Abraham Van Riper – Godwinville, NJ

The following is from Passaic County Historical Society Web Site by Annita Zalenski—geocities.com/pchslc Abraham Van Riper was a life long resident and gave a speech. Ridgewood is in Bergen County,NJ

The Naming of Godwinville
(In 1828)
(Ridgewood, NJ)
by Edward Graf

Reprinted from Short Sketches on Passaic County History, 1935,
byEdward Graf, Treasurer PCHS

The ceremony of naming this village, in Bergen County about four miles north of Paterson,
was performed in the following manner. On the morning of January first, 1828, the persons
particularly interested in the cotton industries, established at that time in the neighborhood,
proceeded from Paterson with a number of friends to that place where they met a number of
its inhabitants assembled on the same occasion, who had prepared a splendid Liberty pole.
This pole was borne to the corner of the road, near the store of David Lydacker by the
unanimous assistance of the company present. After being decorated by an elegant Gilded
Liberty Cap, presented by General Abraham Godwin, at the signal given by a discharge
from a six-pounder, it was raised amidst the cheers of the surrounding multitude. The flag
of the United States, also presented as above, was then hoisted to the top of the pole under
a discharge of canon and cheering of the assembled citizens. After this they formed and
marched to the new cotton factory of Messrs, Munn and Whitehead, where an excellent
collation was provided by the proprietors of the respective cotton establishments in the
vicinity, of which the whole party partook, and fared most sumptuously.

Abraham Van Rypen, one of the oldest inhabitants then addressed his neighbors in the
following words:

Friends and fellow citizens – as one of the oldest residents of
this neighborhood, I take the liberty on this occasion of
welcoming among us the gentlemen who have availed
themselves of our water powers and established manufacturies,
destined, I trust and at no very far distant day, to make them
rich and happy – give employment to the industrious and clothe
and feed the needy. Already do we see and feel the good effects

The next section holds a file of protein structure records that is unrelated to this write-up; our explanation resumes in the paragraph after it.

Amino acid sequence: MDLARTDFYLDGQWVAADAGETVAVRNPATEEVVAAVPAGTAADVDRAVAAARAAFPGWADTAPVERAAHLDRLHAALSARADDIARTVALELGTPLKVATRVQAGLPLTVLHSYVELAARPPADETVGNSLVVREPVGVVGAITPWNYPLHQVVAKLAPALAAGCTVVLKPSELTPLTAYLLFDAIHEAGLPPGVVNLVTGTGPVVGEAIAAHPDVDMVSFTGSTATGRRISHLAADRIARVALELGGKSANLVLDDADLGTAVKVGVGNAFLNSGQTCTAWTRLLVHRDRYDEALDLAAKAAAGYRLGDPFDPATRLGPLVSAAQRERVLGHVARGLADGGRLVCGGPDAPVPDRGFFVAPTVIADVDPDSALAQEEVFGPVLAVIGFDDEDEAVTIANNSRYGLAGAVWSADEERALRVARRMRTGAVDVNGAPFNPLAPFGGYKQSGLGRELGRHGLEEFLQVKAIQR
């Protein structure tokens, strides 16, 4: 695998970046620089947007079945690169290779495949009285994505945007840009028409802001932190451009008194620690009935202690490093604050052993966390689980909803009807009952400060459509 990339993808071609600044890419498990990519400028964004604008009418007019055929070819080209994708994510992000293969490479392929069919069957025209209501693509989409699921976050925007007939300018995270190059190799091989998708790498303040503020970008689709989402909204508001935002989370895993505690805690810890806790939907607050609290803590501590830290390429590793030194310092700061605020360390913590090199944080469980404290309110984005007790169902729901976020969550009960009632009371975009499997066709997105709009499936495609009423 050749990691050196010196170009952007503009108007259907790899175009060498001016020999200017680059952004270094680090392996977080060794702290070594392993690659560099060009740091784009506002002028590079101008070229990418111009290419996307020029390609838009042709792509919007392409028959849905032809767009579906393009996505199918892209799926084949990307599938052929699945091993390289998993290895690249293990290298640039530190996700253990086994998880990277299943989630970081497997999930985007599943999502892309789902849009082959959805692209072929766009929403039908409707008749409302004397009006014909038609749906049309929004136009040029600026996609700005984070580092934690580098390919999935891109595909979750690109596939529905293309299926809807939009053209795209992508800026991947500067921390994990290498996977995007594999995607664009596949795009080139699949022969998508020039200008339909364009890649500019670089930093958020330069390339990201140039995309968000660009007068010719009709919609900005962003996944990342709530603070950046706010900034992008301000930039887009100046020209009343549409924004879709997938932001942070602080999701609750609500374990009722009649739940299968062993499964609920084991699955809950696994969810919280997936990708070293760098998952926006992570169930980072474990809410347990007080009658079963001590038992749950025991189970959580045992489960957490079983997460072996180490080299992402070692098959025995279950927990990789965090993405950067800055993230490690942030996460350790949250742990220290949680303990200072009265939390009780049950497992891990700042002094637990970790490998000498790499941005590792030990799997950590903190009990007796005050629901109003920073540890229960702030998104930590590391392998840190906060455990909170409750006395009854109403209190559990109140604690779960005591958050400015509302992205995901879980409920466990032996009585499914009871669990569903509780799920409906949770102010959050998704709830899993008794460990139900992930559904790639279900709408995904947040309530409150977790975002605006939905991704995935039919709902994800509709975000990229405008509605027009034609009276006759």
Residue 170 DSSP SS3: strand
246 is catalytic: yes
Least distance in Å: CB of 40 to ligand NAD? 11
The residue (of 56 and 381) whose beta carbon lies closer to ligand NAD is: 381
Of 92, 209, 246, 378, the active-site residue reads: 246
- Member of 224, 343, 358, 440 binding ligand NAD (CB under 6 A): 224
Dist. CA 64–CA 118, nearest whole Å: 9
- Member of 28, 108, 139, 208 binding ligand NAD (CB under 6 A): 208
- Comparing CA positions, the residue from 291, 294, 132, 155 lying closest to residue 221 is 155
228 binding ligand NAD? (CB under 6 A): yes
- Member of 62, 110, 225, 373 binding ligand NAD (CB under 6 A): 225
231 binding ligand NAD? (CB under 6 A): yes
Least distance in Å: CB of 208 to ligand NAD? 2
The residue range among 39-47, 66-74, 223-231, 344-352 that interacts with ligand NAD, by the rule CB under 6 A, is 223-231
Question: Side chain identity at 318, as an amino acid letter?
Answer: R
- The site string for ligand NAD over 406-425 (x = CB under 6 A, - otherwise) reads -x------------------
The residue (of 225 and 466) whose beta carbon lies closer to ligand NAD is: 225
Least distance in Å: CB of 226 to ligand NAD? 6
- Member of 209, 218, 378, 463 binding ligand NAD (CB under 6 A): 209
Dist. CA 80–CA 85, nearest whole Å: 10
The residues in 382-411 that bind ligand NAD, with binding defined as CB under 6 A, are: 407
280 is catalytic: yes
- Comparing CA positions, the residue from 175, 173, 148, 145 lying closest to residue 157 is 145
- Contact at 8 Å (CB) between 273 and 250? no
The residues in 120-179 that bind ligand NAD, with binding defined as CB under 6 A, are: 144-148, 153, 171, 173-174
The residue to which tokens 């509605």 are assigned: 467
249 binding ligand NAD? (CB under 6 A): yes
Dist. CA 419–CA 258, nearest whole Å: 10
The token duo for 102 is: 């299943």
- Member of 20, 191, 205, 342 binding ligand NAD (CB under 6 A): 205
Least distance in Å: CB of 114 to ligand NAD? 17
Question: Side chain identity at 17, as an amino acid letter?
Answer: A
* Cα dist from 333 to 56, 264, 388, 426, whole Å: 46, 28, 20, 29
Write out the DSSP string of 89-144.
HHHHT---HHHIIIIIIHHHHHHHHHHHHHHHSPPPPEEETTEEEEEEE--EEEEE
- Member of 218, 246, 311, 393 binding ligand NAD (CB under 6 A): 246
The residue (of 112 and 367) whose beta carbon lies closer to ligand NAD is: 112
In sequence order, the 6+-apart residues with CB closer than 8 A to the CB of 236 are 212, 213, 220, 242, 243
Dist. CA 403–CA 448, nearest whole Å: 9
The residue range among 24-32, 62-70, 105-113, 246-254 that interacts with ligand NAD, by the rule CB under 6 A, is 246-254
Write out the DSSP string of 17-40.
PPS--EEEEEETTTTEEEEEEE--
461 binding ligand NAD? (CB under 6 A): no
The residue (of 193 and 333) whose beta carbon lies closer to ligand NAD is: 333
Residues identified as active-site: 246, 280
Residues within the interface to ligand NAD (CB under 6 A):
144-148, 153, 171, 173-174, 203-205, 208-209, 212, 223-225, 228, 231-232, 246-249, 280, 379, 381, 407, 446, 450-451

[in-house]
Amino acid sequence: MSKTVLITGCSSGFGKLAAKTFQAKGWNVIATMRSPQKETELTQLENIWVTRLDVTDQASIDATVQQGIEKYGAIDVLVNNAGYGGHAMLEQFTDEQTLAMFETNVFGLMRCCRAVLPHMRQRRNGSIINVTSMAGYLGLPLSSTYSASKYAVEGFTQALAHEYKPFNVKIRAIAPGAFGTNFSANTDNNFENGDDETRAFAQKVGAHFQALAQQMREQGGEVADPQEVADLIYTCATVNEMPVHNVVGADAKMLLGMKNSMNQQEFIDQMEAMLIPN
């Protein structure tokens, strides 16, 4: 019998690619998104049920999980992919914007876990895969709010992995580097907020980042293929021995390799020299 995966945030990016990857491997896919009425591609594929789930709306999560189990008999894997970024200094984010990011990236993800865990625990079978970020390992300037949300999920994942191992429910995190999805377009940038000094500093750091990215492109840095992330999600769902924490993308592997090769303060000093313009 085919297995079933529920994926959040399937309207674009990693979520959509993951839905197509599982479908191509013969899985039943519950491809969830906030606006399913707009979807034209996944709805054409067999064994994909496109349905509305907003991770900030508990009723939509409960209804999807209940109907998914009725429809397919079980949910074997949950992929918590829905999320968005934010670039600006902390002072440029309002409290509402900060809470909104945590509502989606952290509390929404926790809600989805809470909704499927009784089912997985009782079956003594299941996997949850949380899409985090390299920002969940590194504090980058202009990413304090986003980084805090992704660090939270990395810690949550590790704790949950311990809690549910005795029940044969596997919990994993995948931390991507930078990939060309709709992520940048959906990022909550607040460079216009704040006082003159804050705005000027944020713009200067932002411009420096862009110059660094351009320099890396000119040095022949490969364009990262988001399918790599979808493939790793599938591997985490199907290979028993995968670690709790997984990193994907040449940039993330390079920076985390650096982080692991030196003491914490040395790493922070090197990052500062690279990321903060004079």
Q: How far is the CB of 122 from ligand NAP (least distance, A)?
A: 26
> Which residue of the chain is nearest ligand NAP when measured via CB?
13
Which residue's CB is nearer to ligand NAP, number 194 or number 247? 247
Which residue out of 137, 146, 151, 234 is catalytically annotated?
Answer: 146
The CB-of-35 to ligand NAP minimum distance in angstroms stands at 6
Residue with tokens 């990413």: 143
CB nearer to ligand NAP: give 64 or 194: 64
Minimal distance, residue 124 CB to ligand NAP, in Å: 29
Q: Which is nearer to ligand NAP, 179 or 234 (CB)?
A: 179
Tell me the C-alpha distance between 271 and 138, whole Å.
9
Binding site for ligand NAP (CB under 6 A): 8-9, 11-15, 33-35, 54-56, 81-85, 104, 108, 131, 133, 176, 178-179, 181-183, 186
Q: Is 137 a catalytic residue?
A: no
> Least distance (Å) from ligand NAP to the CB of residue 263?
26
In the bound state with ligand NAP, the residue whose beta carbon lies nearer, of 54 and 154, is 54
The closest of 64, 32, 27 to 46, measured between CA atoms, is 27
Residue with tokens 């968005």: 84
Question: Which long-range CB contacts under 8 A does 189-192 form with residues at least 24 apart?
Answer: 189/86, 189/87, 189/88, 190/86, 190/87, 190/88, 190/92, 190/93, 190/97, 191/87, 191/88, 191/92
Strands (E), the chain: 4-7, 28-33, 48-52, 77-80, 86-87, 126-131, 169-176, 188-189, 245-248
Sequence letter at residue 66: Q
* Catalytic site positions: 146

of their genius and enterprise. Out property has risen in value,
our recently vacant houses have become tenanted, and many
new ones erected and erecting, giving to what was, as it were
yesterday a wilderness, the appearance of a thriving village.
Permit me therefore to give it a name whereby it may be
perpetuated and handed down to posterity.

In commemoration of one of the few that now remain of that

worthy band, who breasted the storm of war in defense of our
liberties and independence, and which enable us at this day to
sit down under our own vine and fig tree, and to enjoy
uninterruptedly such happy festivity as we have on the present
occasion the pleasure of partaking and to testify our respect for
the Revolutionary Patriot whose company we now have the
pleasure to enjoy; I propose to you for this place the name of

The above was received with unabounded applause and General Godwin being present
made the following brief reply:

Fellow citizens, with sentiments of unfeigned gratitude, I rise
to tender to you my sincere acknowledgement for the flattering
compliments you have paid me, and the honor conferred in
selecting my name, in preference to any other, wherewith to
perpetuate your village. My sincere wish is, that it may be a
rising prosperous and happy one and that its general
characteristic may be that of industry and honesty, and genuine
republican principles and by pursuing strictly the last three
qualifications, I have no doubt of your obtaining the former
ones; and that it may be the case with each and all of you,
permit me to reiterate my ardent solicitude.

This reply was also received with marked approbation. The company then again formed
procession and returned to the Pole and after appending to the same in handsomely painted
letters the newly acquired name of the village, it being about sunset, the flag was lowered
until another discharge of cannon and the company retired to their respective places of
abode, apparently well pleased with the proceedings of the day.